But thank you Mr. Walter,but it is only the surface I scratched.

Deep Throat
Guest

But why were the Greeks in that situation in the first place? Because their government mismanaged and they voted for wrong government to lead them in the Euro, which happens to be a leftist government who values social services more than an improved economy.

You cannot just hand out your assets to the banks without you agreeing nor you needing to give those assets because you mismanaged stuff previously right?

Ebola Ray
Guest

@ D.T., U don’t get it ? oh that is really too bad, but its just that the shifting of a ‘privte debt’ onto the ‘public debt’ and the theft of public assets to stisy ‘odious’ debts is a fuckin outrage. If you cant see this,its just to bad.

walter p komarnicki
Guest

here’s the link to the full story from Business Insiders:

http://www.businessinsider.com.au/greece-referendum-result-and-the-meaning-of-debt-2015-7

it seems to me that Greeks will be having the last laugh, and the joke is on the EU!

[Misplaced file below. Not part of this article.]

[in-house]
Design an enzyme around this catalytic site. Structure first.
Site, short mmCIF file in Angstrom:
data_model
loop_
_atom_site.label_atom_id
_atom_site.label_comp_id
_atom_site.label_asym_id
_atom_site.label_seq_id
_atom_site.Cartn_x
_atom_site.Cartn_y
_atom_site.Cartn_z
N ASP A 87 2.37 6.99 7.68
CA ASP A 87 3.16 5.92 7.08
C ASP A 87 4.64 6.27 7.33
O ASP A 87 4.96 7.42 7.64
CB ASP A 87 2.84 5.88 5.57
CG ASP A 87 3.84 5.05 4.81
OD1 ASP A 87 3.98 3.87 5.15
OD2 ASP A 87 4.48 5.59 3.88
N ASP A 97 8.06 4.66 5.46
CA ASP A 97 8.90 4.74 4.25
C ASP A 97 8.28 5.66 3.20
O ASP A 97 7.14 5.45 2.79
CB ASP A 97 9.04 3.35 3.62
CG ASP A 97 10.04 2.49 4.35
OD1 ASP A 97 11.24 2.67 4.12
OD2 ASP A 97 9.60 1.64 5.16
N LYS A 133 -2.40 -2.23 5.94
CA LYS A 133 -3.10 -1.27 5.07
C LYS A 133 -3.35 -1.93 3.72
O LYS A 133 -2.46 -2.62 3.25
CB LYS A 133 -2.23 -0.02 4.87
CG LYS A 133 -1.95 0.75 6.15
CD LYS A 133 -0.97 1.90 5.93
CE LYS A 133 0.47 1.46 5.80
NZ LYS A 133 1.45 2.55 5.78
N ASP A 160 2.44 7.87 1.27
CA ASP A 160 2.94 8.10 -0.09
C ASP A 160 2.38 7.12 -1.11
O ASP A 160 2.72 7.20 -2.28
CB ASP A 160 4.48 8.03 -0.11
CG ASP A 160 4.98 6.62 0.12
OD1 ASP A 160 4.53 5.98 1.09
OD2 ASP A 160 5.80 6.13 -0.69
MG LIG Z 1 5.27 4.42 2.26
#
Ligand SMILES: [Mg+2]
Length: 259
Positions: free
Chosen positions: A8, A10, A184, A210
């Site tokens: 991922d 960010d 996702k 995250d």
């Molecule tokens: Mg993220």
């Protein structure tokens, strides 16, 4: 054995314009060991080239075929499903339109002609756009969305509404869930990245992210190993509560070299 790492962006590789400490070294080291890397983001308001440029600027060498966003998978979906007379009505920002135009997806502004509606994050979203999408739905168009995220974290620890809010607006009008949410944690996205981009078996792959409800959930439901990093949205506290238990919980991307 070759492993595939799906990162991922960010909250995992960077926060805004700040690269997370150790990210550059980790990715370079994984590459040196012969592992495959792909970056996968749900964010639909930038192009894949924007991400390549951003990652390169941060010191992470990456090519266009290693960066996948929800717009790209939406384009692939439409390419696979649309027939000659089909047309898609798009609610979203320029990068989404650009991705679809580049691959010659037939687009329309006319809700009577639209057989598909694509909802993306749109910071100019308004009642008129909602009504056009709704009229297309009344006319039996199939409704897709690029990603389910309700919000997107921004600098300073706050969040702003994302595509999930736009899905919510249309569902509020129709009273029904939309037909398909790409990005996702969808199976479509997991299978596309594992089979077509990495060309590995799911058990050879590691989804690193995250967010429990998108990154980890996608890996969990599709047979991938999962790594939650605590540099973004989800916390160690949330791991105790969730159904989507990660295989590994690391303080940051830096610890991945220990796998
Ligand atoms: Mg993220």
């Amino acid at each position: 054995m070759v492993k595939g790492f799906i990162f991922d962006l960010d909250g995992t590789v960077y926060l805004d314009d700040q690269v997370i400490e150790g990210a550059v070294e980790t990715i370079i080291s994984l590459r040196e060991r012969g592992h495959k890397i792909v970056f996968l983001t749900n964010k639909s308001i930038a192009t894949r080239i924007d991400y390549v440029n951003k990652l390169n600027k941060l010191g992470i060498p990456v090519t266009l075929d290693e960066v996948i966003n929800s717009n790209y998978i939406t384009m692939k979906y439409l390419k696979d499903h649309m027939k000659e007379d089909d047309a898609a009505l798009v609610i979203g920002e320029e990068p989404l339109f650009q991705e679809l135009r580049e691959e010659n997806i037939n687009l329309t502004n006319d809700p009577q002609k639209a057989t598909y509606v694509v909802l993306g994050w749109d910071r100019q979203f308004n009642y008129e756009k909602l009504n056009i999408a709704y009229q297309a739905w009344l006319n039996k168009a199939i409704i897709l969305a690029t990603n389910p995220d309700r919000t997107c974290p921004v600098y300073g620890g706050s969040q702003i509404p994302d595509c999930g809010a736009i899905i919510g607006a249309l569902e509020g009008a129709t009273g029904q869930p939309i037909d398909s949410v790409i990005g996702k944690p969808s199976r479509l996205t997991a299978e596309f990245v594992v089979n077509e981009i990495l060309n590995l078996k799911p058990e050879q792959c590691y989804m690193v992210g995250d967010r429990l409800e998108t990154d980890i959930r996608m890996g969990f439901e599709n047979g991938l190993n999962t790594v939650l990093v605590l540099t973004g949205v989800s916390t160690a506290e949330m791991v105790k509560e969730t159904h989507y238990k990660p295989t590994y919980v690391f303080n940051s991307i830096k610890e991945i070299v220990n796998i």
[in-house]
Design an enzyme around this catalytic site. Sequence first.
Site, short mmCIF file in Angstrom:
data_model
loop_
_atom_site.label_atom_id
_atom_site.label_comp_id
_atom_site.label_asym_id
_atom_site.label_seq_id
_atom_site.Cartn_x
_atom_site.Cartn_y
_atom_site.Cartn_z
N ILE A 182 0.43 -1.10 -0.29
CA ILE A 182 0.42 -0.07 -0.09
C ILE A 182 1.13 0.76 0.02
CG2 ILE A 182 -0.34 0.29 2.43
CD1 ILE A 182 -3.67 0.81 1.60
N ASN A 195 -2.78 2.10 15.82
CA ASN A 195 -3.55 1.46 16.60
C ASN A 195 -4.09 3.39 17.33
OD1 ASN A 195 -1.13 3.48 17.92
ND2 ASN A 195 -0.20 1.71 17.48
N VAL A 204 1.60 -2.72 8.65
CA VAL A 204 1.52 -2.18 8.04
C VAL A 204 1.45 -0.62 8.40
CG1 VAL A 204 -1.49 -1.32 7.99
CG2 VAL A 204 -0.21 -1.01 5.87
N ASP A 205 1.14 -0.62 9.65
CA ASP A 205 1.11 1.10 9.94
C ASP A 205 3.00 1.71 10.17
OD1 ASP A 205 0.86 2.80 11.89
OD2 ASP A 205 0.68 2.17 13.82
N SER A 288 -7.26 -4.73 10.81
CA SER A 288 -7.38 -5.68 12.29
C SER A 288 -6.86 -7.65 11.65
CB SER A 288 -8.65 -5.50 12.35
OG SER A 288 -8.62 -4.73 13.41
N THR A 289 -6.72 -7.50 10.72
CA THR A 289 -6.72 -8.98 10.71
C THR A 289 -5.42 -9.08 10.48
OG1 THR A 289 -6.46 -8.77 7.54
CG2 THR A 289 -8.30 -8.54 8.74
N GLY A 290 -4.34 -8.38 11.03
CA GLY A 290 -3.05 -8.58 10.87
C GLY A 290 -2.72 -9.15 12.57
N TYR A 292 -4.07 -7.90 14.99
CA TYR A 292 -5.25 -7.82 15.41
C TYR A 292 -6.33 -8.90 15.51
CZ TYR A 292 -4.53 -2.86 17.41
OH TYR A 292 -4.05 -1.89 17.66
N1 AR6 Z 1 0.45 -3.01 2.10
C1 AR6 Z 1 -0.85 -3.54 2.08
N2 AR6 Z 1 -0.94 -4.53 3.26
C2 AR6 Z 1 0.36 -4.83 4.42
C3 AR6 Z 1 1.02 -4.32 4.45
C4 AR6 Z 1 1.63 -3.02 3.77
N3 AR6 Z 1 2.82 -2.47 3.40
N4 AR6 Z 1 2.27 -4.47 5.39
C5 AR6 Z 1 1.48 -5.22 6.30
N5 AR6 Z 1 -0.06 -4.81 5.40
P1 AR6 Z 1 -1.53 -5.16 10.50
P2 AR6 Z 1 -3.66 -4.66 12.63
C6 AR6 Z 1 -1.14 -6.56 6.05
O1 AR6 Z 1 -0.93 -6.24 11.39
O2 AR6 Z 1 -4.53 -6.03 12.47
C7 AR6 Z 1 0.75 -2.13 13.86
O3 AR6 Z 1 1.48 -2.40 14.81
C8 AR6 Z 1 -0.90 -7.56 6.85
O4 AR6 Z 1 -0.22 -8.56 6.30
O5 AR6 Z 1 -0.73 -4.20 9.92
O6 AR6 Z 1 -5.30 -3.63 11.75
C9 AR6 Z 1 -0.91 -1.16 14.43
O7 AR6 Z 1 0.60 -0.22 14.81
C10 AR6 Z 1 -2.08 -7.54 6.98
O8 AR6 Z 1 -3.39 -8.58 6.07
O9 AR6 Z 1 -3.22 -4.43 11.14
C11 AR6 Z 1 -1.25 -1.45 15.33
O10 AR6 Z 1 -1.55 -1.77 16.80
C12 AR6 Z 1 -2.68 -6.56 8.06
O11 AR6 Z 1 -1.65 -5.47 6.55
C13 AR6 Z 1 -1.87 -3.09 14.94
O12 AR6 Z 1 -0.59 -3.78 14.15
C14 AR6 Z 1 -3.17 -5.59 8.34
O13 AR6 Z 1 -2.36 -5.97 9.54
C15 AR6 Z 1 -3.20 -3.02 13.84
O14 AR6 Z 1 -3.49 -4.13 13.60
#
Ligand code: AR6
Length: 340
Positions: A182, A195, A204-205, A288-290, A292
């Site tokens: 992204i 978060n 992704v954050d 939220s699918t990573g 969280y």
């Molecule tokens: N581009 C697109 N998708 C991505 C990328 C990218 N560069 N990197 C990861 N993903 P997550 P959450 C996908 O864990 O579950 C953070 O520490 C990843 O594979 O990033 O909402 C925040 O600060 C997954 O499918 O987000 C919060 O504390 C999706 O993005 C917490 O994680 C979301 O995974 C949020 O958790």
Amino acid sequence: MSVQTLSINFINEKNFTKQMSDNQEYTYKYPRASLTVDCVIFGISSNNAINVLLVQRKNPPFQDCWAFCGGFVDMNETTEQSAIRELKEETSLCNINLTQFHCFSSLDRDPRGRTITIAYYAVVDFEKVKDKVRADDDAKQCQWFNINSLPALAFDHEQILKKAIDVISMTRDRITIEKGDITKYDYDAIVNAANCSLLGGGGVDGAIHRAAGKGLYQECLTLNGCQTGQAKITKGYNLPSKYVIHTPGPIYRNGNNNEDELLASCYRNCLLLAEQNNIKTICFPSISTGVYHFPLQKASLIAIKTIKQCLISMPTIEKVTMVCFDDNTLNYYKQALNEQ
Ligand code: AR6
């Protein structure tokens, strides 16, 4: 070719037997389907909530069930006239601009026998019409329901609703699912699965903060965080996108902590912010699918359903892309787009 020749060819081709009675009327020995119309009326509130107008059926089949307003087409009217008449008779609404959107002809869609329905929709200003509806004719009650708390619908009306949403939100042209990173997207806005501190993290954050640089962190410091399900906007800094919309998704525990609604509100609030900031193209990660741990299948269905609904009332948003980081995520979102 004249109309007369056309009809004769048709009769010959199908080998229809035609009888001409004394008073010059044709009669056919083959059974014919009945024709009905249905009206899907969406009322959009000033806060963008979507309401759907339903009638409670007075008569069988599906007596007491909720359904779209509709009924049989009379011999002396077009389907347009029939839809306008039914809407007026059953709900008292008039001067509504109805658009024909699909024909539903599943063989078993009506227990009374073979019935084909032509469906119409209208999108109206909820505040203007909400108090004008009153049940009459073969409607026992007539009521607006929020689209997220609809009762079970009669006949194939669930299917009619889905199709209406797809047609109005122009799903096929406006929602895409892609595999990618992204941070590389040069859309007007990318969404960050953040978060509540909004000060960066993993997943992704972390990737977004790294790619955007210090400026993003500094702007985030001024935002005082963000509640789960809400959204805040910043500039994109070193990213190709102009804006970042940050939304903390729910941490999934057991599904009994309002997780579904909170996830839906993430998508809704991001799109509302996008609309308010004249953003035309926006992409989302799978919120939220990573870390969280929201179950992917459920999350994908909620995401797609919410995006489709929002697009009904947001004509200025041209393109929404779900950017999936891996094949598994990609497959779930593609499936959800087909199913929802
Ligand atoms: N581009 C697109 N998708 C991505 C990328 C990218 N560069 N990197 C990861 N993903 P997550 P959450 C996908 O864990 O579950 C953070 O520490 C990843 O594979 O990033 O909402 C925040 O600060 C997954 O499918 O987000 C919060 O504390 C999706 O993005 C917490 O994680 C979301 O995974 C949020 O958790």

Deep Throat
Guest
This problem of the Greeks were created by the Greeks. even with the previous bailout which was hundred of billions of euro, the Greeks couldn’t solve their economic woes. The Greek economy cannot support the amount of social service they are giving to their people. So instead of using the bailout for economic improvement they used it for their lifestyle. The simplest analogy I could think of a person getting 30k php salary but wants to live a lifestyle of 100k per month person. so that person decides to borrow money. Instead of using it for education, finding a better… Read more »
marius
Guest

Indeed. Remind you of anywhere else? 🙂

Ebola Ray
Guest

@ Deep T, the Greeks had very little to do with it, that is the problem.

Deep Throat
Guest

I have to disagree. This a Greek created problem. Majority of the countries have debts including rich first world nations. The main difference is the Greeks cannot pay their own debts nor balance their financial capacity since they are spending beyond their means.